having difficulties with reading, spelling, writing or comprehension,
- despite being of normal intelligence and
- having had normal schooling opportunities.
Estimates of the prevalence of dyslexia range from 10% to 20% of the population.
Dyslexic children are all different. They can be very intelligent or of average intelligence, very dyslexic or slightly dyslexic. They have different strengths and weaknesses, like everybody else.
Extra tuition can be very helpful, but it must be effective tuition. Some dyslexic children decide to refuse to have any more tuition because they have had too much tutoring and made too little progress.
An alternative to more tuition is brain re-wiring. Extremely rapid improvements can result. This option has arisen as the result of recent advances in the knowledge of how the brain works.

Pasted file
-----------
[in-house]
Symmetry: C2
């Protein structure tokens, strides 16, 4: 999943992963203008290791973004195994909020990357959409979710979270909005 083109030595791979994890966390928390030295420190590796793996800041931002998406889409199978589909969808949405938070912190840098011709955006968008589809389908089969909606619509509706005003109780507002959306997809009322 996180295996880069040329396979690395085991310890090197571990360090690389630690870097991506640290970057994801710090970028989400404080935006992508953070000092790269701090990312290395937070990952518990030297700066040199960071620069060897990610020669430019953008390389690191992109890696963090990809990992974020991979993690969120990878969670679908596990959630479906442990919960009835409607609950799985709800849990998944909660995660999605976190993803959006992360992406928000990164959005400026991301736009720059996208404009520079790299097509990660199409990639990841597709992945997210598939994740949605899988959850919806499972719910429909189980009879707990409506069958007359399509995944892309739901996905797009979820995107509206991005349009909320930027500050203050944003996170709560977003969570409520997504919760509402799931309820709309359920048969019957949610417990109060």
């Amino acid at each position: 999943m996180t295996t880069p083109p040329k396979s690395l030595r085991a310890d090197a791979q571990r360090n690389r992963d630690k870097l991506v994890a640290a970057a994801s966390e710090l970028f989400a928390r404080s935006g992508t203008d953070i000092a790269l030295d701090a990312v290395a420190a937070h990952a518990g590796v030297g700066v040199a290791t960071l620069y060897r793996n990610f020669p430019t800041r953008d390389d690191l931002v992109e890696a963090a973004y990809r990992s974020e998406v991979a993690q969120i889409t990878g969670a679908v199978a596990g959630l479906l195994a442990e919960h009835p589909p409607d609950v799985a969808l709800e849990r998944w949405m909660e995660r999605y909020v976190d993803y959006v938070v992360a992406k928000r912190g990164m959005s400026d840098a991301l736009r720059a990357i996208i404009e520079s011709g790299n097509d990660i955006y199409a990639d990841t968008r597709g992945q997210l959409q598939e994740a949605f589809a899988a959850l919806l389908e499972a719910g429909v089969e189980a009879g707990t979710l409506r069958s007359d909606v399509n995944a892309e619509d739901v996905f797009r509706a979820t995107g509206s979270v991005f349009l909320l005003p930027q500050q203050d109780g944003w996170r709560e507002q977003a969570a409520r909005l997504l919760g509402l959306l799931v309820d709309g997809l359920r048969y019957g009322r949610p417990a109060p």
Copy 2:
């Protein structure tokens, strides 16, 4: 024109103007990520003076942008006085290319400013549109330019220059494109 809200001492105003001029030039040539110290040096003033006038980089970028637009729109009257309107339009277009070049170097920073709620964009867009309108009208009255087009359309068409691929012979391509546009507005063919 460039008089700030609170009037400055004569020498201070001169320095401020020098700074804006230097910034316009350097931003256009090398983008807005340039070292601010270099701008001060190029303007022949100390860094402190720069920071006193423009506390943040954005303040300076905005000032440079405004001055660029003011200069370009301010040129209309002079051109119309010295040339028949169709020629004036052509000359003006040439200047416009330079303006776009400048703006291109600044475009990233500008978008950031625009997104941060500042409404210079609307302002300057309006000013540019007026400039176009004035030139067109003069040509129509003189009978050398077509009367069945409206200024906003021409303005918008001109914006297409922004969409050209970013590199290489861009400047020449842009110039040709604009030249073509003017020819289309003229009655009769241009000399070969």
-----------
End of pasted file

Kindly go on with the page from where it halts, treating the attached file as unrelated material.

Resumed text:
A diagnosis of dyslexia is not normally given before the age of 7. However, dyslexic tendencies can be identified.
A diagnosis of dyslexia does not attract extra funding, but it can be reassuring to know what the problem is.
Once your child reaches year 10 it is important to start working on the process to get special assessment conditions for exams for your child. This may provide them with assistance such as extra time or a reader/writer for NCEA assessments. Ask your school to do this. The process is quite time-consuming for the school, so don't leave it too long, as assessments start early in year 11.
Some useful websites are
www.cellfield.com (a brain re-wiring programme)